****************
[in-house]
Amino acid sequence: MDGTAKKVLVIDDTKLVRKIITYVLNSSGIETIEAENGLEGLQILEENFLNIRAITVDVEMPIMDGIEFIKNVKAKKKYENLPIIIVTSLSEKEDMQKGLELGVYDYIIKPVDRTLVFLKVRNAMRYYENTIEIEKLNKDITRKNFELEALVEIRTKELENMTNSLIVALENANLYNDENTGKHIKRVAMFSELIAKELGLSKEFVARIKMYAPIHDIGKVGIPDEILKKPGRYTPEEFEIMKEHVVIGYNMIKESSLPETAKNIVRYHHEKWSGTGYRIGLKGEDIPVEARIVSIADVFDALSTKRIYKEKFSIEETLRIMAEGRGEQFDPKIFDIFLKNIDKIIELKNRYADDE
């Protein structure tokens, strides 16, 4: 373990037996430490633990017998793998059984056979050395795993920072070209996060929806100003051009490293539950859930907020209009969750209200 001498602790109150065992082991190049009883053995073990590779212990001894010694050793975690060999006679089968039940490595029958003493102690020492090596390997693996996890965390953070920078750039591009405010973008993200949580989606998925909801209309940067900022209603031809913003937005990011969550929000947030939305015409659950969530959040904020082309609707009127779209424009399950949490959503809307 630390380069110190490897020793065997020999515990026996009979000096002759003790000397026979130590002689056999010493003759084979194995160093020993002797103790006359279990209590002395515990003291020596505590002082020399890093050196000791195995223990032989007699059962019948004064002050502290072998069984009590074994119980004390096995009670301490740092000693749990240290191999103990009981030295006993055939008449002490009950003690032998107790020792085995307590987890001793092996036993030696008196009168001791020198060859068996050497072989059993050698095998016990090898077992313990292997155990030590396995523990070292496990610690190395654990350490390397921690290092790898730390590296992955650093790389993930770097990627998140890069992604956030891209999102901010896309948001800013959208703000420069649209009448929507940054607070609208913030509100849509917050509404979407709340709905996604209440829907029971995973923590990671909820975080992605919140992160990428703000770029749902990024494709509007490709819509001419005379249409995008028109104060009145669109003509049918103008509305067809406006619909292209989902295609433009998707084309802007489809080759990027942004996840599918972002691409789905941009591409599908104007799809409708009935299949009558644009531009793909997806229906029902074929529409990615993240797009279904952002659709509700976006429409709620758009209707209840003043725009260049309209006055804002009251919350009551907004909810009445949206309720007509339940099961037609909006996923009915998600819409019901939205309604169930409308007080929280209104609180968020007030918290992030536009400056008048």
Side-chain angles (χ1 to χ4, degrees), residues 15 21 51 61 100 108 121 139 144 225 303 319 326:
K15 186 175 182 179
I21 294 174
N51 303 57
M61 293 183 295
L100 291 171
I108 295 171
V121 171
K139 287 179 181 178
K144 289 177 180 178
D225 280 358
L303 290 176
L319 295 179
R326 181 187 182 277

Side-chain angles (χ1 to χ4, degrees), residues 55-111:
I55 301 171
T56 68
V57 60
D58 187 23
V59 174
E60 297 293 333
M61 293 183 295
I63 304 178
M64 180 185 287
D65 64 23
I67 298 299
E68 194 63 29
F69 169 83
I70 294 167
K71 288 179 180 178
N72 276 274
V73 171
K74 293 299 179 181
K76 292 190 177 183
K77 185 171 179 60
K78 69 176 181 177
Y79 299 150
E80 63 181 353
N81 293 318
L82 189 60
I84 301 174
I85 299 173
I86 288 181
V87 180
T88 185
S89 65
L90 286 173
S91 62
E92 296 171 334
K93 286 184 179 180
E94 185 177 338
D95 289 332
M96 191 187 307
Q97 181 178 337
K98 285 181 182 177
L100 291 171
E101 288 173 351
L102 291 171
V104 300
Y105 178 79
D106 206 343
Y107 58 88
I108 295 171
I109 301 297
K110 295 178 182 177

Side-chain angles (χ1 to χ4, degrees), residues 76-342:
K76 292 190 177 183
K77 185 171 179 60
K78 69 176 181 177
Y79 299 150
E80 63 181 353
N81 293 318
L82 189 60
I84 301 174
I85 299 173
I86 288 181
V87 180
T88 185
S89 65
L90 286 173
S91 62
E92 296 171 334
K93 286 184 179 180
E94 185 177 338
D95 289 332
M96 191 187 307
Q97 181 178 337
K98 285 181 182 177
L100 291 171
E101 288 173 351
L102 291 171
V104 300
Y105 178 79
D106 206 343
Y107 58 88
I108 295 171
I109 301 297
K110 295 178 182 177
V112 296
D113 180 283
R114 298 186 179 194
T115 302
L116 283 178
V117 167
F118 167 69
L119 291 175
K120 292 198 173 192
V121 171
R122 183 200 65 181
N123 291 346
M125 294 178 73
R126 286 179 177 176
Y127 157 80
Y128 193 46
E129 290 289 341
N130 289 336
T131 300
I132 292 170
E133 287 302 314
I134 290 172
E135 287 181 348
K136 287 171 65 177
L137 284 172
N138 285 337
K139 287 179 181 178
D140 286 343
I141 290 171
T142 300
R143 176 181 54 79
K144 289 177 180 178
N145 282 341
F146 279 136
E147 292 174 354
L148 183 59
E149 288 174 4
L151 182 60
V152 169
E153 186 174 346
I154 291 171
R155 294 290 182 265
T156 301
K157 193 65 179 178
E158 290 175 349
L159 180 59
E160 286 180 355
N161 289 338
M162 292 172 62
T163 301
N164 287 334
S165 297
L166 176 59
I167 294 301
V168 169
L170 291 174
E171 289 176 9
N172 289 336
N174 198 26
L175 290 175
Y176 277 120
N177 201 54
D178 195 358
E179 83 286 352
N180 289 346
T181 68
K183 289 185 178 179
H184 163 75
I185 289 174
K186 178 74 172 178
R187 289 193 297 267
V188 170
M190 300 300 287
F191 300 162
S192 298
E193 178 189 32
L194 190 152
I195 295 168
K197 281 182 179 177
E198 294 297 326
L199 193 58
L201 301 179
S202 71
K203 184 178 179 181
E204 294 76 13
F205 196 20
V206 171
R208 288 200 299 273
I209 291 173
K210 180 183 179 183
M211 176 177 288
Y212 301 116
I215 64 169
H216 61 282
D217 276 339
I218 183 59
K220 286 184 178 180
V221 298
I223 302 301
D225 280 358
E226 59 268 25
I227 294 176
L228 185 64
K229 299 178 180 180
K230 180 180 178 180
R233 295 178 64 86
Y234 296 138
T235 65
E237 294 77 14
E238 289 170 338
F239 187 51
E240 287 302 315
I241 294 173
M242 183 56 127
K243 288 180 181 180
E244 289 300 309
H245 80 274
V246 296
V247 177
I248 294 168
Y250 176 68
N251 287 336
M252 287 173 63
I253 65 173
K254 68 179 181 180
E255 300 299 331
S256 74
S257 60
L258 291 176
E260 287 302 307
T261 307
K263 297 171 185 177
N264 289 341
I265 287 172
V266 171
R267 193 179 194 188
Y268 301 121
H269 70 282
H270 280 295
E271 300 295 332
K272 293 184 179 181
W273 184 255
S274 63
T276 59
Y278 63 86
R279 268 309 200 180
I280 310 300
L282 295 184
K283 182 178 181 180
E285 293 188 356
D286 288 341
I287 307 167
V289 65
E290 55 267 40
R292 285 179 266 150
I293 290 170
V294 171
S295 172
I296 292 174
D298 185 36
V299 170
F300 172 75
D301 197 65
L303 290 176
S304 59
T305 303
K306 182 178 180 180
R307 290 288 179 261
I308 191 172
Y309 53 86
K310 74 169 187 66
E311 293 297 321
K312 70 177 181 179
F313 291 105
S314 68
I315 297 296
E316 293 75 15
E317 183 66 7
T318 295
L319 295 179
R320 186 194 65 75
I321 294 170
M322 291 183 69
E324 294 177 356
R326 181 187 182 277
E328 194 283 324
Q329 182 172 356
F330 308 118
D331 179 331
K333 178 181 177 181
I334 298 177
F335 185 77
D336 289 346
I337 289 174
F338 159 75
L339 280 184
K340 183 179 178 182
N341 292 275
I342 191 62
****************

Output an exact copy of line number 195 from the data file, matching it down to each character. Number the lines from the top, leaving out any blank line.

H216 61 282